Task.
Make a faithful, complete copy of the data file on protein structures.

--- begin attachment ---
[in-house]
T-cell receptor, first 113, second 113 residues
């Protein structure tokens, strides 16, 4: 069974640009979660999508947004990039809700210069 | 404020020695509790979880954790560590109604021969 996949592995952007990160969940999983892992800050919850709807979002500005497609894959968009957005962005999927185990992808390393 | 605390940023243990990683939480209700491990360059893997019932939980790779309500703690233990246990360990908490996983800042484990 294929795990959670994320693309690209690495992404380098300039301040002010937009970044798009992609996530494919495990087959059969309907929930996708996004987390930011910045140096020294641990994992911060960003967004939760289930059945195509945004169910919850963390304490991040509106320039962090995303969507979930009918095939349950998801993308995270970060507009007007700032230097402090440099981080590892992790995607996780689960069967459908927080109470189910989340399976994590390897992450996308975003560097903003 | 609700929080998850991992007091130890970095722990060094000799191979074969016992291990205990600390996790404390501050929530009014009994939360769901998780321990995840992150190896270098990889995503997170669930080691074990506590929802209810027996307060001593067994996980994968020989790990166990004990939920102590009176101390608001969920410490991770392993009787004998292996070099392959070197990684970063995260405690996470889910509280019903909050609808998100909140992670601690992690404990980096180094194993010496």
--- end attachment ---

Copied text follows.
[in-house]
T-cell receptor, first 113, second 113 residues
């Protein structure tokens, strides 16, 4: 069974640009979660999508947004990039809700210069 | 404020020695509790979880954790560590109604021969 996949592995952007990160969940999983892992800050919850709807979002500005497609894959968009957005962005999927185990992808390393 | 605390940023243990990683939480209700491990360059893997019932939980790779309500703690233990246990360990908490996983800042484990 294929795990959670994320693309690209690495992404380098300039301040002010937009970044798009992609996530494919495990087959059969309907929930996708996004987390930011910045140096020294641990994992911060960003967004939760289930059945195509945004169910919850963390304490991040509106320039962090995303969507979930009918095939349950998801993308995270970060507009007007700032230097402090440099981080590892992790995607996780689960069967459908927080109470189910989340399976994590390897992450996308975003560097903003 | 609700929080998850991992007091130890970095722990060094000799191979074969016992291990205990600390996790404390501050929530009014009994939360769901998780321990995840992150190896270098990889995503997170669930080691074990506590929802209810027996307060001593067994996980994968020989790990166990004990939920102590009176101390608001969920410490991770392993009787004998292996070099392959070197990684970063995260405690996470889910509280019903909050609808998100909140992670601690992690404990980096180094194993010496």